Wood Sandpiper - Numerous
Common Sandpiper - A few
Red-necked Stint - A few
small flocks of minute calidrids.
Temminck's Stint - Can be
viewed at close range in roadside drains.
Long-toed Stint - A few around.
Broad-billed Sandpiper - Only
Ruff - Seen once.
Black-winged Stilt - Common
Pacific Golden-Plover - Not
in high numbers.
Little Ringed Plover - Common
in small flocks.
Kentish Plover - Did not
see Malaysian Plover. (Note from Nick
Upton: Malaysian Plover is to be found on the sand spit)
Lesser Sand Plover - Uncommon.
(Note from Nick Upton: Surprising, Lesser
Sand Plover isusually just about the commonest wader here)
Common Tern - At least one.
White-winged Tern - Apparently
most terns were this species, non-br visitors. (Note
by Nick Upton: Usually Whiskered Terns far outnumber the White-winged,
but at this time of year there would be a lot of both species)
Peregrine Falcon - Looking
for a meal at dusk, probably this species.
Little Cormorant - Hundreds
roost in mangroves at Had Chao Samran creek.
Indian Cormorant - One seen
Pacific Reef-Egret - On the
rock walls along the beach at dusk.
Javan Pond-Heron - Almost
impossible to identify non-br Chinese Pond-Heron.
(Note by Nick Upton: Impossible to searate these two in non-breeding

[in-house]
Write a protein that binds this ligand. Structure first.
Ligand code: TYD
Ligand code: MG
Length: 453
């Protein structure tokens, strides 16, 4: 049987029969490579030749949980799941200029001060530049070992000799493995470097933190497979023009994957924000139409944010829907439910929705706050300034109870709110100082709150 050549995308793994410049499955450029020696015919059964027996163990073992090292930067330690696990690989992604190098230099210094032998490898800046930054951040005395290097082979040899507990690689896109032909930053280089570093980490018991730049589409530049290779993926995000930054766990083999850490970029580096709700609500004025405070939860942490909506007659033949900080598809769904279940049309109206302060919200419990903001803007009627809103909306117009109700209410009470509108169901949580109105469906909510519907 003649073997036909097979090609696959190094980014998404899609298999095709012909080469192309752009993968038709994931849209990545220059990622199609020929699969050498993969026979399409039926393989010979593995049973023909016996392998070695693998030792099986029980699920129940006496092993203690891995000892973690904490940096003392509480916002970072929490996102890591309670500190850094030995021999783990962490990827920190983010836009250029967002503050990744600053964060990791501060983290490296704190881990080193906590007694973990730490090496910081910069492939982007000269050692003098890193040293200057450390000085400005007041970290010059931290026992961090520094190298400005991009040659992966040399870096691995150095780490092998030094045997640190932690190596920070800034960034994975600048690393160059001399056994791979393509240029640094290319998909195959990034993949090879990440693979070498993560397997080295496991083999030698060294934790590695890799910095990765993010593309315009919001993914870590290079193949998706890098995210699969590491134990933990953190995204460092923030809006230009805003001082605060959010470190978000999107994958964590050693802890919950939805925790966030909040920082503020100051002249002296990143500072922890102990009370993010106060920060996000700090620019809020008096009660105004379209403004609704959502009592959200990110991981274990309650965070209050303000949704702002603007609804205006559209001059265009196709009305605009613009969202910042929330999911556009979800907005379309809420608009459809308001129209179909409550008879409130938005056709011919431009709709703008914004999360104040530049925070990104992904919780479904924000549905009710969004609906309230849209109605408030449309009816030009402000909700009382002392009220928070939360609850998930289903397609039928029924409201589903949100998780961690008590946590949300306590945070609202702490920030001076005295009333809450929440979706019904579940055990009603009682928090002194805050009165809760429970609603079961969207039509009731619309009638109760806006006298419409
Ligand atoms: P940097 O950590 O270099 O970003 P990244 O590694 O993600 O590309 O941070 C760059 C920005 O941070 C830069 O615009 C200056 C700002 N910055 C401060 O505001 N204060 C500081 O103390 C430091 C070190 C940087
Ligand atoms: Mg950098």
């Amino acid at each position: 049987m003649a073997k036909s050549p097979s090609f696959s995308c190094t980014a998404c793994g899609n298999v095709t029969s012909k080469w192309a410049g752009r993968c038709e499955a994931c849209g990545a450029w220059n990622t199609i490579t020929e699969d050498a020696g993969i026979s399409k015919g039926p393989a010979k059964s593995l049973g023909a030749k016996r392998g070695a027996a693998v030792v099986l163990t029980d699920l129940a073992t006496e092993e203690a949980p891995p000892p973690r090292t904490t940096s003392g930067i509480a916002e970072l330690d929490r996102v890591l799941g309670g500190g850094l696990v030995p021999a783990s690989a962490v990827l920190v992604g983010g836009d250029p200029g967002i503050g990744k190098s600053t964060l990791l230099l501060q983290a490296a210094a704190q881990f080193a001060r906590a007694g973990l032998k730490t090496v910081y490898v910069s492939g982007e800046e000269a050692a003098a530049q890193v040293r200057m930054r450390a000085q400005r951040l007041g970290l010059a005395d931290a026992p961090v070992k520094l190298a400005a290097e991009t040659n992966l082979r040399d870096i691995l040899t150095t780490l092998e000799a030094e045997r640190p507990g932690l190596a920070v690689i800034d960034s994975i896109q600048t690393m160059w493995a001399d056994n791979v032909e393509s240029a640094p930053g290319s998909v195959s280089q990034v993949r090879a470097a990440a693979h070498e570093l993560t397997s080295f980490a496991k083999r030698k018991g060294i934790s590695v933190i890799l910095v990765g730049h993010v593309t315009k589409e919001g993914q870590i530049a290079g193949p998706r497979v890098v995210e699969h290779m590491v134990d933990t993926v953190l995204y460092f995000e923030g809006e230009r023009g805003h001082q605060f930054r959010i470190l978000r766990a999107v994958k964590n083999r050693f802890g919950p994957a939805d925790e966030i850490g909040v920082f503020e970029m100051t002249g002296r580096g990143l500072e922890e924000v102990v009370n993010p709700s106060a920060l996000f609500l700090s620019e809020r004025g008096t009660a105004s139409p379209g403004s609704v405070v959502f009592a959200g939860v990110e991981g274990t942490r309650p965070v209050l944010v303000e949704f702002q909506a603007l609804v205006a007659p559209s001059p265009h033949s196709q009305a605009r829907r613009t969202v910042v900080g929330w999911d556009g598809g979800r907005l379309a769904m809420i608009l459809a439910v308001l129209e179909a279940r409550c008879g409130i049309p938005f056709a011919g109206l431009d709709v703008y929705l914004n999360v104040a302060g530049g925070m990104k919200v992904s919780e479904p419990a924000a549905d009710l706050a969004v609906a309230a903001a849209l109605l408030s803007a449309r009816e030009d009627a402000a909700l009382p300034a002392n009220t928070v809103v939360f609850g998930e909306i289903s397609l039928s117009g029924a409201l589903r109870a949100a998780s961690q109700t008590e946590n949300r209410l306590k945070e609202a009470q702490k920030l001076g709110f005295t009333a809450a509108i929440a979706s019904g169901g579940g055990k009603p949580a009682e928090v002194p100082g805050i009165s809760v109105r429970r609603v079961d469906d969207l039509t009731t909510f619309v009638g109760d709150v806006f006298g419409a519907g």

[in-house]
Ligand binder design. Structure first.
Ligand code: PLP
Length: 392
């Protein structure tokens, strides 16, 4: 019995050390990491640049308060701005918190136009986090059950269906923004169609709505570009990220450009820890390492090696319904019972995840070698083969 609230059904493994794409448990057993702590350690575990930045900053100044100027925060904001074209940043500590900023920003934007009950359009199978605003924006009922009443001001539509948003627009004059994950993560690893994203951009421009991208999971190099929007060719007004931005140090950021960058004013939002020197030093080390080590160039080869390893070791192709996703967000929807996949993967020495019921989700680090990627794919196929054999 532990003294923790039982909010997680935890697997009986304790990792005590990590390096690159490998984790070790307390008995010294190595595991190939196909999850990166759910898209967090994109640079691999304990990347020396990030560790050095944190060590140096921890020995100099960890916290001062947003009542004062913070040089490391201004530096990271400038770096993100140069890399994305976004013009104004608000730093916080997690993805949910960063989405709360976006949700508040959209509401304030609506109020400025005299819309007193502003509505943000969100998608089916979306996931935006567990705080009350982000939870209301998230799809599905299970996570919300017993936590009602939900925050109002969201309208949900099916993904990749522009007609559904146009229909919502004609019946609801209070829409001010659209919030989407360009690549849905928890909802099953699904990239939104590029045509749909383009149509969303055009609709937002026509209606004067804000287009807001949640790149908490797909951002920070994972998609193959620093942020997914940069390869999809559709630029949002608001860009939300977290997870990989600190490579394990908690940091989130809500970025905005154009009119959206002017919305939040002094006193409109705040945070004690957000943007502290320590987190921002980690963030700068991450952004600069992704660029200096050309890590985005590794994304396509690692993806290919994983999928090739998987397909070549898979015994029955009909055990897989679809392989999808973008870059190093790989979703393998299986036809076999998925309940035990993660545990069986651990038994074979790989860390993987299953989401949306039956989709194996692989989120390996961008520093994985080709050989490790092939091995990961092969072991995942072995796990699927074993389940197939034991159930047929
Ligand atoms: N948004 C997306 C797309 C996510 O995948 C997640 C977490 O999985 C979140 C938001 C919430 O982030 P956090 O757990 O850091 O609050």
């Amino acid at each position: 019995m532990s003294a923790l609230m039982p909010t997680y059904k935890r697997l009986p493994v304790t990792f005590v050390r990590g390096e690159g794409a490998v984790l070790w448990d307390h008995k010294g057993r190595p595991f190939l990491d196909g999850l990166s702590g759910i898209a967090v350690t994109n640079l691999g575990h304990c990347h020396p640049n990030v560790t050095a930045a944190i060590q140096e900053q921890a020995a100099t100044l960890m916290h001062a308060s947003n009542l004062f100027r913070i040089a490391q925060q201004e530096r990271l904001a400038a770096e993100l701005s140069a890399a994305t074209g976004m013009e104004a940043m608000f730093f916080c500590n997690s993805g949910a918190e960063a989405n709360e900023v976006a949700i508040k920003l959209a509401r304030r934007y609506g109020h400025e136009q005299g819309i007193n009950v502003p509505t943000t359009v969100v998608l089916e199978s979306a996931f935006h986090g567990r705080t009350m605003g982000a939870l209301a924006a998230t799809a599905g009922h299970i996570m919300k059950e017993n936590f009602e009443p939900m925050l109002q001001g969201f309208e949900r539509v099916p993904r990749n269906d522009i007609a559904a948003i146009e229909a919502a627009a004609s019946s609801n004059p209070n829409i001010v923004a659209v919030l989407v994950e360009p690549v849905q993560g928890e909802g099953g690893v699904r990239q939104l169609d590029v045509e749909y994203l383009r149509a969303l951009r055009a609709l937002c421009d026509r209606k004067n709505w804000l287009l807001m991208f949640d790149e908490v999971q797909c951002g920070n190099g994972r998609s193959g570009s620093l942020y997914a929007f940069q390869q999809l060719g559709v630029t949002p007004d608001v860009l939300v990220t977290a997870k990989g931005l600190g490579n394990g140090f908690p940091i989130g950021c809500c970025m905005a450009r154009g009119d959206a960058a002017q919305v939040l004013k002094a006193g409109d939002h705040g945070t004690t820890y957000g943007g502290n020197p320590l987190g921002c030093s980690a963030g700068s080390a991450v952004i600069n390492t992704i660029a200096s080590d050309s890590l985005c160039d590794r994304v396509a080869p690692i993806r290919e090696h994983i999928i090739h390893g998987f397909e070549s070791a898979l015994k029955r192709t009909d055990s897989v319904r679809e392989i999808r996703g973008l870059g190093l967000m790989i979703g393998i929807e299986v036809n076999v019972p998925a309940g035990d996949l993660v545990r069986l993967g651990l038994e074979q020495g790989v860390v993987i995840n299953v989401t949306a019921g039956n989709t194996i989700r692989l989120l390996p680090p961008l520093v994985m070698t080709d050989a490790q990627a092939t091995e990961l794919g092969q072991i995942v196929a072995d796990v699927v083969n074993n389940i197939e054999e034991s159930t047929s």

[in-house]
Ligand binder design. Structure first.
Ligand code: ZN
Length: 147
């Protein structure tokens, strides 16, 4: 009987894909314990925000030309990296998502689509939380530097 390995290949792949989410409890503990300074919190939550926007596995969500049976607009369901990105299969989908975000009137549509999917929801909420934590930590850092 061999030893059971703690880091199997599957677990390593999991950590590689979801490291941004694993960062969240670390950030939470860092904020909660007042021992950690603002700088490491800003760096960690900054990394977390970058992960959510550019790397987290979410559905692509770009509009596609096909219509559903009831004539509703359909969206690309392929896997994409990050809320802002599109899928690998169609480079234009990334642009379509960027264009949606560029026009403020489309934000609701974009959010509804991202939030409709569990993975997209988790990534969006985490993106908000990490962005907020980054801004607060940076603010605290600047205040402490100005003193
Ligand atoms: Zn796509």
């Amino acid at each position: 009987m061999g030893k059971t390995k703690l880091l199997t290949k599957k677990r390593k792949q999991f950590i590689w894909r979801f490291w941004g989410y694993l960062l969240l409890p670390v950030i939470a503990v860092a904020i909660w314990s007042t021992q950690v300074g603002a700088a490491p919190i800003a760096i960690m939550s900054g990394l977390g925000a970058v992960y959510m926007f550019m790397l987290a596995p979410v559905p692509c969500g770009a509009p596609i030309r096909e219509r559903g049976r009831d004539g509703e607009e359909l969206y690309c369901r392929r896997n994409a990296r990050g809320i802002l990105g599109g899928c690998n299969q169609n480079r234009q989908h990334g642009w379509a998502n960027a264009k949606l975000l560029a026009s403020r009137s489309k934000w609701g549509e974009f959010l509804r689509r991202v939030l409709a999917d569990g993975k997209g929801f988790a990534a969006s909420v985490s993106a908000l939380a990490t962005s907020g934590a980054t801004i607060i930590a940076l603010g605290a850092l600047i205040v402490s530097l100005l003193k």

plumage contrary to what is indicated in Robson.
Both species are common)
Spot-billed Pelican - 3 seen.
Painted Stork - Counted 29.
Asian Pied Starling
Eurasian Tree Sparrow
Paddyfield Pipit - Common
The above list
follows Sibley and Monroe's taxonomy, my copy of Robson's
Birds of South East Asia field guide was falling to pieces and
finally discarded after my Vietnam trip, now replaced by the more
2: Hellfire Pass
I did consider visiting Kaeng
Krachan National Park after Had Chao Samran. It's not far from
Petchaburi but public transport seems difficult and accommodation
choices limited. So I caught a bus back to Bangkok, a second to
Kanchanaburi and arrived late in the afternoon. Kanchanburi is a
second-rate tourist town, pleasant enough but not adventurous. It
has one tourist strip with restaurants, bars, beer girls and a reggae-themed
joint that seems to play only Bob Marley. Accommodation rates on
the riverside are somewhat inflated. Amongst the tourist traps I
did find a friendly local restaurant that served fresh and simple,
Back to birding,
I caught the first bus at about 0600h towards Sangklaburi. Number
8203 is a country bus with a wooden floor and it stops everywhere,
accumulating an interesting crowd of ethnic minority people. We
passed through a police/military checkpoint but I was not asked
to produce identification, all the locals travel with ID. I arrived
at Hellfire Pass by
0745h and unlucky for me there was an early tour bus.
There were not
many birds about during my visit to Hellfire Pass and I didn't search
widely for the Limestone Wren Babbler. Never mind, the history is
interesting and it was a good walk to the end of the 4.5 km maintained
section. Thankfully, I encountered few mosquitoes. Outside the gate
there's a local restaurant or two by the roadside. After lunch,
I did not have to wait long for a bus, perhaps half an hour.
Bird list from
Once again the
above list follows Sibley and Monroe's taxonomy.